Report reveals investors can find industrial, logistics real estate opportunities in markets outside major gateways
These markets registered demand for industrial and logistics real estate that outpaced their supply by a collective 89 million square feet since 2013.
Fourteen U.S. markets stand out in a new report from CBRE, Los Angeles, as strategic options for investors in industrial and logistics real estate seeking growth opportunities outside of primary markets.
These markets, described as strategic markets, registered demand for industrial and logistics real estate that outpaced their supply by a collective 89 million square feet since 2013. In the same span, their industrial rents increased by an average of 25.2%.
“The industrial and logistics sector continues to generate strong momentum with the growth of e-commerce and a healthy U.S. economy, but opportunities vary depending on geography, asset type and other factors,” says Jack Fraker, vice chairman and managing director of CBRE global industrial and logistics. “Investors seeking higher yields can find them in several markets still hitting their stride as hubs. These markets offer the infrastructure, labor availability, connectivity to major ports and the real estate fundamentals needed to support strong growth going forward.”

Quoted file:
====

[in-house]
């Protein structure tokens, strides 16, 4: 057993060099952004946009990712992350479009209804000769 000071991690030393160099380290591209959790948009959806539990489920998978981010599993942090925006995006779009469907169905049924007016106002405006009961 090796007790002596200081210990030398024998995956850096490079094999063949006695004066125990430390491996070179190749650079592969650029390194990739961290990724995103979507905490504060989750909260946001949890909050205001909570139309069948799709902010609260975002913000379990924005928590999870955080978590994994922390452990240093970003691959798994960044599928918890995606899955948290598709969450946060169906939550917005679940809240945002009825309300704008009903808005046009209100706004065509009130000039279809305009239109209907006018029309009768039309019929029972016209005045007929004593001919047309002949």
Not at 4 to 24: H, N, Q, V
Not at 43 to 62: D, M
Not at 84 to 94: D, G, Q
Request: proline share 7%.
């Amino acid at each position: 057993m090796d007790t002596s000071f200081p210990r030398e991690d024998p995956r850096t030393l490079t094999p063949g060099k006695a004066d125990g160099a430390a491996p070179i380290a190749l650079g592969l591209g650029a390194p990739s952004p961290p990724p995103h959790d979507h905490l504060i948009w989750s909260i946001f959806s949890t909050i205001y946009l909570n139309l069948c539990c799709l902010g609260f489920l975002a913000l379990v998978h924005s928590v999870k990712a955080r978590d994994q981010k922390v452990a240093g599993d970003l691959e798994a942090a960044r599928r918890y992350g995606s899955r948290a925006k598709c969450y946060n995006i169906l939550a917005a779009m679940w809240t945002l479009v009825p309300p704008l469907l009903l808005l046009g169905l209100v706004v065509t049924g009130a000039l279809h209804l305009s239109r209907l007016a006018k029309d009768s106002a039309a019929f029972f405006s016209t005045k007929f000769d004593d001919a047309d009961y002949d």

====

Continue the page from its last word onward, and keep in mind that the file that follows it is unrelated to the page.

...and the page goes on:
Las Vegas; Salt Lake City, Utah; Milwaukee, Wis.; Reno, Nev.; St. Louis; El Paso, Texas; and Detroit, Mich., lead these strategic markets, with industrial vacancy rates below or only slightly above the national average (4.3%) and aggregate rent growth of 6.1% in the past year. Meanwhile, Greenville-Spartanburg, S.C.; Dayton, Ohio; San Antonio; Savannah, Ga.; Central Valley, Calif.; Northeastern Pennsylvania; and Phoenix, offer more new leasing opportunities due to construction completions, and generate an average rent increase of 5.6%.
CBRE polled its industrial and logistics capital markets teams about which markets represent emerging opportunities and opportunities for yield for investors. Some, like Detroit and Phoenix, are primary markets in terms of population, but still are coming into their own as hubs of industrial and logistics real estate.